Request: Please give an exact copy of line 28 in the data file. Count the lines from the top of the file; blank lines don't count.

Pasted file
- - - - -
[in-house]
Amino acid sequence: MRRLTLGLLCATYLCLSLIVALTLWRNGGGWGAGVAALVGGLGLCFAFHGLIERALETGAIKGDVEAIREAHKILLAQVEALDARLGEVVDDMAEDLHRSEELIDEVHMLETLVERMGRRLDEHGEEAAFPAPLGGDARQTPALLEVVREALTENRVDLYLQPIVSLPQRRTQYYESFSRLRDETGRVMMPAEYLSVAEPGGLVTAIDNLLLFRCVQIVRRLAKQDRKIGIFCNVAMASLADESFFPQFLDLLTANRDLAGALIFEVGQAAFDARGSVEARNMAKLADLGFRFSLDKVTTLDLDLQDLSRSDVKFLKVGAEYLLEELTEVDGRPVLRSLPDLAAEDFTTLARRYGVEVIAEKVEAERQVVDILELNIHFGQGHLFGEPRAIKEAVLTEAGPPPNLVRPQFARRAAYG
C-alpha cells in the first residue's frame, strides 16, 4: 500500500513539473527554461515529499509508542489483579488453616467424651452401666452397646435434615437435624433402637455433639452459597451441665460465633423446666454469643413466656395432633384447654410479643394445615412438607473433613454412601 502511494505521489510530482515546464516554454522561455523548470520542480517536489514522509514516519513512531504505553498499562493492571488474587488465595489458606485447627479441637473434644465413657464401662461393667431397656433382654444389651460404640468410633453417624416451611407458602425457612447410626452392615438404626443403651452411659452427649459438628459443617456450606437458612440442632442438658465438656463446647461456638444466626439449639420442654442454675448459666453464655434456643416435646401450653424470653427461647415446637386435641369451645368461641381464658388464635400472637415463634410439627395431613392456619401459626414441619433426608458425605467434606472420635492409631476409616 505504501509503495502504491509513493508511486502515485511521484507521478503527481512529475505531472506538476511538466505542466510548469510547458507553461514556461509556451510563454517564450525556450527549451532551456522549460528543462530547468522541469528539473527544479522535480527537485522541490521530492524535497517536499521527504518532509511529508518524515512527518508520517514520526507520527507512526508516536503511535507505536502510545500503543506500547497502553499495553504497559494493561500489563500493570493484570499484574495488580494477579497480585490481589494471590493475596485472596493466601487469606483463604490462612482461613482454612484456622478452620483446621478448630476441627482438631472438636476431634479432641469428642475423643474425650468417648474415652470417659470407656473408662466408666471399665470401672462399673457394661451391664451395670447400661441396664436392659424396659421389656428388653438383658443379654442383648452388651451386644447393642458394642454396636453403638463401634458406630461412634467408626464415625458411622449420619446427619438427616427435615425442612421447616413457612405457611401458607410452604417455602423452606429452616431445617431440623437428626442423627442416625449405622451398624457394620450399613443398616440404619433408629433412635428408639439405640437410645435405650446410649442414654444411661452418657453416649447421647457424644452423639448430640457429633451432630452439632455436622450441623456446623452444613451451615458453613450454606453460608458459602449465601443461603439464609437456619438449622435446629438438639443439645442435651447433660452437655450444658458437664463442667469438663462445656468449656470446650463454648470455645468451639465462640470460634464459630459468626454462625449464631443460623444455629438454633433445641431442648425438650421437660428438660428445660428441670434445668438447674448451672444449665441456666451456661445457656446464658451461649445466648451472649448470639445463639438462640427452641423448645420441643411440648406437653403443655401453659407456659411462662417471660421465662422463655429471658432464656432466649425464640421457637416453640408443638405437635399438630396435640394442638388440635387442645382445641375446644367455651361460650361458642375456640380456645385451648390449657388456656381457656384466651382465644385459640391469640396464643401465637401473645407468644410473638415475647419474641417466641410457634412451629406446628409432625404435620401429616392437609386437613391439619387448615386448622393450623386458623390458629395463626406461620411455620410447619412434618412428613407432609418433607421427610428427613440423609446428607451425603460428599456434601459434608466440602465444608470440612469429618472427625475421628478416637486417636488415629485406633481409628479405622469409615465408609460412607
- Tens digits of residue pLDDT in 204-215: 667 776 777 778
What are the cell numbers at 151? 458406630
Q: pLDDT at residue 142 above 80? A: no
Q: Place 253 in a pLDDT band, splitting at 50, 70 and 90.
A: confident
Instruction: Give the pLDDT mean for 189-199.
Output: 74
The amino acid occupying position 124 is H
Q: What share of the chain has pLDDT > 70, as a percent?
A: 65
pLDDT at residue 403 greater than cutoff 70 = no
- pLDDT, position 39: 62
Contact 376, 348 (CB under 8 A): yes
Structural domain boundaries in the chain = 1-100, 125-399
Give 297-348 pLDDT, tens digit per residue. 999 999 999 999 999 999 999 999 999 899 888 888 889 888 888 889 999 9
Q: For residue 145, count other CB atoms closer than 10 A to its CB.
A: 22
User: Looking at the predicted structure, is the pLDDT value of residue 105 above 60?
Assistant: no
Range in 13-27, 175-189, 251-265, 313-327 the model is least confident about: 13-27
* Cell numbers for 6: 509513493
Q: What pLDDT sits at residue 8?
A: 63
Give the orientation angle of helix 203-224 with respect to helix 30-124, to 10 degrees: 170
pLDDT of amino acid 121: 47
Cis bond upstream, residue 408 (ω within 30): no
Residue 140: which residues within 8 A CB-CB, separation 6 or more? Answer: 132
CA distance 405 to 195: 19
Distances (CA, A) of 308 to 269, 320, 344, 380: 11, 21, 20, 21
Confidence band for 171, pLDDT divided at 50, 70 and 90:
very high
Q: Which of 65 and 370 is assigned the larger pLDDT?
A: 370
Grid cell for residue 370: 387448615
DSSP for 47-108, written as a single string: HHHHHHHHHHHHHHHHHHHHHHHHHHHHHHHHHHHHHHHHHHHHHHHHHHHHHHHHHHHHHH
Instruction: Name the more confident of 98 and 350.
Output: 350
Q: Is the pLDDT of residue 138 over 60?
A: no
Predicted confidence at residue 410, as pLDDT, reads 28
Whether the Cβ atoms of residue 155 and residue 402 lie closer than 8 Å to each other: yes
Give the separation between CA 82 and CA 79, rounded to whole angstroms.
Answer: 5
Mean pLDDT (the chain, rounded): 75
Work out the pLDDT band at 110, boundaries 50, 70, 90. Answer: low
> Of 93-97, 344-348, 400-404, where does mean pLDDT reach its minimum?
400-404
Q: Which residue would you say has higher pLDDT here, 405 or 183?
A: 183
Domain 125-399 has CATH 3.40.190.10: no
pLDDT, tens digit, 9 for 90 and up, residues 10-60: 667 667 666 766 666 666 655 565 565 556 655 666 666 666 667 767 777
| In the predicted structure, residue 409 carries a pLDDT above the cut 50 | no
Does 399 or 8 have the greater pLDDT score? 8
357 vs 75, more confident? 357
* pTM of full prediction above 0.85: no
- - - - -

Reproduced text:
pLDDT of amino acid 121: 47